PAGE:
Geneva -- Citing the poor quality of compliance by Commonwealth countries with their international commitments at the UN Human Rights Council (HRC), human rights experts and civil society groups strongly attacked what they called the ‘undemocratic practice’ of clean slate elections at the HRC and demanded that nations be held to account back home for pledges made in international fora.
"Pakistan has 16 outstanding visit requests, and the problem with its pledges is that they are vague and not time-barred," declared Christine Chung from the Asia-Pacific section at the Office of the High Commissioner on Human Rights (OHCHR) at the launch of a new report on the gaps between pledges and implementation by HRC members by the Commonwealth Human Rights Initiative (CHRI).
The report, Easier Said Than Done (ESTD) - ‘Pledges and Performance: Holding Commonwealth members to account at HRC’ was released at an event at the HRC on June 29 and evaluated the performance of seven elected Commonwealth member countries -- Australia, Kenya, Nigeria, Pakistan, Rwanda, South Africa, and the United Kingdom -- at the previous 37th HRC regular session.
Australian and British diplomats present supported the report’s findings, some of which were critical of their countries’ record at the HRC.
ESTD is the latest in a series of ESTD reports over the past years which challenge, review, analyse the functioning of HRC members and recommend changes in process and capacity. Richard Bourne of the Ramphal Institute, London, who underlined the need for competitive and not consensual “clean slate elections to the Council, moderated the panel discussion.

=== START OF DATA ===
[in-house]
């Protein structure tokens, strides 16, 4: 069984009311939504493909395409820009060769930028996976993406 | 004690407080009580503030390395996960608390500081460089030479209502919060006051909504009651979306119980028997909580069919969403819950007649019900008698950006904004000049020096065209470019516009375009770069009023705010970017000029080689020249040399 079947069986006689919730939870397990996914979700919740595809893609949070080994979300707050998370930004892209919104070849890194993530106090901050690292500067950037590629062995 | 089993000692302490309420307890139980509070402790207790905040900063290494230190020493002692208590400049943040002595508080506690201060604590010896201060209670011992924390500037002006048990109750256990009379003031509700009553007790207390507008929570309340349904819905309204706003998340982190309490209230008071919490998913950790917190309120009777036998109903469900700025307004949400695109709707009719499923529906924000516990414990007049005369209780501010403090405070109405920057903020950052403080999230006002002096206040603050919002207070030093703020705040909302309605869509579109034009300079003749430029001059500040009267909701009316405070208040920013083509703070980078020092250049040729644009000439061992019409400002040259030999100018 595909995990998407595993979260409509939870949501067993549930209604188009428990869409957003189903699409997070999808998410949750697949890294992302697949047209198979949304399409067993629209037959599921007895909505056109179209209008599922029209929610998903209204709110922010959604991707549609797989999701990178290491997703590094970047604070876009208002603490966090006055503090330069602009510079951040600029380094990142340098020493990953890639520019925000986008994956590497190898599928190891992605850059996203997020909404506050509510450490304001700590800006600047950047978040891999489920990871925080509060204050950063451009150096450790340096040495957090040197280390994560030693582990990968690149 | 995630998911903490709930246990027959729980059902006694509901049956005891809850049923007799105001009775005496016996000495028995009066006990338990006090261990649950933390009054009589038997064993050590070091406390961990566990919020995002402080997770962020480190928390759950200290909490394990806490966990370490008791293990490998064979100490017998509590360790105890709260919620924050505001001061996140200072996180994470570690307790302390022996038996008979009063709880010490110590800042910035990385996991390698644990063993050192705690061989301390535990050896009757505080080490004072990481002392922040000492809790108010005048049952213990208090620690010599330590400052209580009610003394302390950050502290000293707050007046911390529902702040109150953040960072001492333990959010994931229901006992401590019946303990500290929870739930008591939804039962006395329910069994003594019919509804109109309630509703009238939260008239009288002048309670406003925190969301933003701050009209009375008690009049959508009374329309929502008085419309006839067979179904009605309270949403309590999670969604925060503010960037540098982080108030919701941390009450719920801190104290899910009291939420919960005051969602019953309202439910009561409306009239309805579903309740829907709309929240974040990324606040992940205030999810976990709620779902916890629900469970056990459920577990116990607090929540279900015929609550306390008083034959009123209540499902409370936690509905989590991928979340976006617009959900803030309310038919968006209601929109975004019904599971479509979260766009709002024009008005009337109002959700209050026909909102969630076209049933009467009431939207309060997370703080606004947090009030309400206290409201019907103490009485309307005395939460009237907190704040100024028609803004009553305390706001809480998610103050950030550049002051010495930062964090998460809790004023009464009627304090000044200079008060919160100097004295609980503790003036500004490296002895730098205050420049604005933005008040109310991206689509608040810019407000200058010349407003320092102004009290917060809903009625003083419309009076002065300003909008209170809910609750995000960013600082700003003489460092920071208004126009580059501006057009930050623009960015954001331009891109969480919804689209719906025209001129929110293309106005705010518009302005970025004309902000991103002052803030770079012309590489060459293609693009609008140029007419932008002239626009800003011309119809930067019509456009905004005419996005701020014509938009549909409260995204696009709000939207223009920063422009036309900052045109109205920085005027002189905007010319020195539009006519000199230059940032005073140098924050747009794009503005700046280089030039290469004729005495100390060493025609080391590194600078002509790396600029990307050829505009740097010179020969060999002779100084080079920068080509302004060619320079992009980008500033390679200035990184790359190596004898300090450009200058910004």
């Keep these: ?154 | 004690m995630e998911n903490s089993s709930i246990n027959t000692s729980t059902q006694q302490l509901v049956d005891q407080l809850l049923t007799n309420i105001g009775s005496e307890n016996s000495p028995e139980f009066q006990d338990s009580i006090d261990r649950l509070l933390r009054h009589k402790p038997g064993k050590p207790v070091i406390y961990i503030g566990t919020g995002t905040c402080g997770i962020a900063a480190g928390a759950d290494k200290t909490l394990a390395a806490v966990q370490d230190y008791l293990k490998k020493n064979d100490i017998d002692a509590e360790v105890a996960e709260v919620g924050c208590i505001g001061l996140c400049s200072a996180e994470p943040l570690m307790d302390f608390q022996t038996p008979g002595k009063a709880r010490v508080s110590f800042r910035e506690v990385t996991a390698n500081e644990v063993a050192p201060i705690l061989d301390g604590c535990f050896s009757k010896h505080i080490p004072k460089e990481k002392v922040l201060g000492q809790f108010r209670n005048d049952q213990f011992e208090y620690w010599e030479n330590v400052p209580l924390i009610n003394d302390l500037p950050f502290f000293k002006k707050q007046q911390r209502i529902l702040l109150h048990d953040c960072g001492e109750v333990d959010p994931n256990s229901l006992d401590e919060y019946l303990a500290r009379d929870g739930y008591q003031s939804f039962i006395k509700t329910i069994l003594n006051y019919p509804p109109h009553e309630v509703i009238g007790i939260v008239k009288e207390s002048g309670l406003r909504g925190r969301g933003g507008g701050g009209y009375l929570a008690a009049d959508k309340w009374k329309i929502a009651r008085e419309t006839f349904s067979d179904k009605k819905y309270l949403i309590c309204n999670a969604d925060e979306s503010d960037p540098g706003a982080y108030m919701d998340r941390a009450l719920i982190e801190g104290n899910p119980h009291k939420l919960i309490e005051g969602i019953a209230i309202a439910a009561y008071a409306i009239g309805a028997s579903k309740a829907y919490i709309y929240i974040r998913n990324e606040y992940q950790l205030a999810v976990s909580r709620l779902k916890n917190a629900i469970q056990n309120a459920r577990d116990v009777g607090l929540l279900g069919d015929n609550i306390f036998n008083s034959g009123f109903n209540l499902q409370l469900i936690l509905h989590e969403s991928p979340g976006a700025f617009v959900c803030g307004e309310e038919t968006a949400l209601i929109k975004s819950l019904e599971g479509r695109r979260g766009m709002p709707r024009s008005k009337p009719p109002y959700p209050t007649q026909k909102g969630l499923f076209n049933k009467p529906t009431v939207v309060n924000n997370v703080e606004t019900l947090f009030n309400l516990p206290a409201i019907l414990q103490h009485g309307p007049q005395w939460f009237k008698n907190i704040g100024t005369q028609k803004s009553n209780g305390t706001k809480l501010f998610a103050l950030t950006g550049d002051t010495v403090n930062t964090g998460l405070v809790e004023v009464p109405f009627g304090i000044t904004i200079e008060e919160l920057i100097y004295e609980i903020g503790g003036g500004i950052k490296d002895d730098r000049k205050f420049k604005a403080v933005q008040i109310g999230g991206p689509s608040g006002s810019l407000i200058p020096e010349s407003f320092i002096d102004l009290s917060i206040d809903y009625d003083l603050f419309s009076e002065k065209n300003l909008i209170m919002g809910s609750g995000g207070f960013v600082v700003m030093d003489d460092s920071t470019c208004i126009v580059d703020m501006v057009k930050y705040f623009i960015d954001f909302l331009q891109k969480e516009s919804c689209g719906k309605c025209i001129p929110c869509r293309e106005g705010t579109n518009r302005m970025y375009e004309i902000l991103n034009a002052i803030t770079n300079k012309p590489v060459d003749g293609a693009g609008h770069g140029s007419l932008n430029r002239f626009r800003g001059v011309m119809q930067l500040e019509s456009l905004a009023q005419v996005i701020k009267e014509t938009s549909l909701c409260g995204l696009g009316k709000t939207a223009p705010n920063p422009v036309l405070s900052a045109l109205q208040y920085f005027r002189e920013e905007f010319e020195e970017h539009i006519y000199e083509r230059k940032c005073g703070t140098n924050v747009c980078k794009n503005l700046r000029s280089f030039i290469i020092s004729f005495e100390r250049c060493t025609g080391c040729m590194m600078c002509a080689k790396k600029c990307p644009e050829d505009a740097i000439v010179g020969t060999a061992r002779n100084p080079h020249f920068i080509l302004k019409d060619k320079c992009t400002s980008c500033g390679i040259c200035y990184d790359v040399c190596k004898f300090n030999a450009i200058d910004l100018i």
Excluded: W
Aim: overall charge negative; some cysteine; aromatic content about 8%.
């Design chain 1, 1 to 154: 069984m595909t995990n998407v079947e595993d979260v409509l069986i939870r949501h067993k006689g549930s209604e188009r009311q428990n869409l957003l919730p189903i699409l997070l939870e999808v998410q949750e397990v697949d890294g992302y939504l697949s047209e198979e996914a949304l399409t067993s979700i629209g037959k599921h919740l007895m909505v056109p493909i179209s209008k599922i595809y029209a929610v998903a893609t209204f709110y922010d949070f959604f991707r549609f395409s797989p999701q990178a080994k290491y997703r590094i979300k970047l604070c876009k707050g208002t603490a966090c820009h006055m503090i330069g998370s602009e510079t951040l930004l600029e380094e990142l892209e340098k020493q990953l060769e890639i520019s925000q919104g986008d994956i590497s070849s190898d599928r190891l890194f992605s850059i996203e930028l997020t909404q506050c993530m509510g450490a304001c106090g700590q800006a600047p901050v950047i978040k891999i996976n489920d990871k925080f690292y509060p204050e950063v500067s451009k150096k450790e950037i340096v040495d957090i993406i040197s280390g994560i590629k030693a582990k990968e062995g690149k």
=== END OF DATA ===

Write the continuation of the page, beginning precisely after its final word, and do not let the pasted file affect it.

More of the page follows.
About 50 people attended the briefing, representing a number of Commonwealth countries and including diplomats and CSOs, which was held at the Palace of Nations in Geneva, home to the HRC.
Highlighting the accountability of several Asian nations to the Council and their adherence to their pledges, Ms. Chung commented positively on first-time member Australia’s participation and cooperation while noting that Pakistan, a third-time member, needed to be more specific in its pledges and engagement.
R. Iniyan Ilango, UN Advocacy Programme Manager at FORUM-ASIA, stressed that vagueness of pledges made it difficult to follow implementation at national level. He suggested that recommendations in the Universal Periodic Review (UPR) process and submissions to treaty bodies could be made on the basis of state pledges.
Nicolas Agostini, Representative to the United Nations in Geneva for DefendDefenders said, there was a need for additional incentives to submit pledges and commitments; ‘Clean slate’ or uncontested elections to the Council devalued such pledges, he asserted.
Other speakers included Miloon Kothari, former UN Special Rapporteur on adequate housing and Yashasvi Nain, author of the report.
The Human Rights Council is the UN’s premier body on human rights issues. It has 47 member-states, elected for three year terms, and the United States has just withdrawn. CHRI is working to enhance meaningful engagement of Commonwealth countries with the Council and its mechanisms, and of civil society with Commonwealth representatives in Geneva.
CHRI is an independent, non-governmental, non-profit, organisation headquartered in New Delhi, with offices in London, United Kingdom and Accra, Ghana, and works for the realisation of human rights across Commonwealth countries. It has special consultative status with the UN Economic and Social Council and is recognised for its expertise by governments, oversight bodies and civil society.
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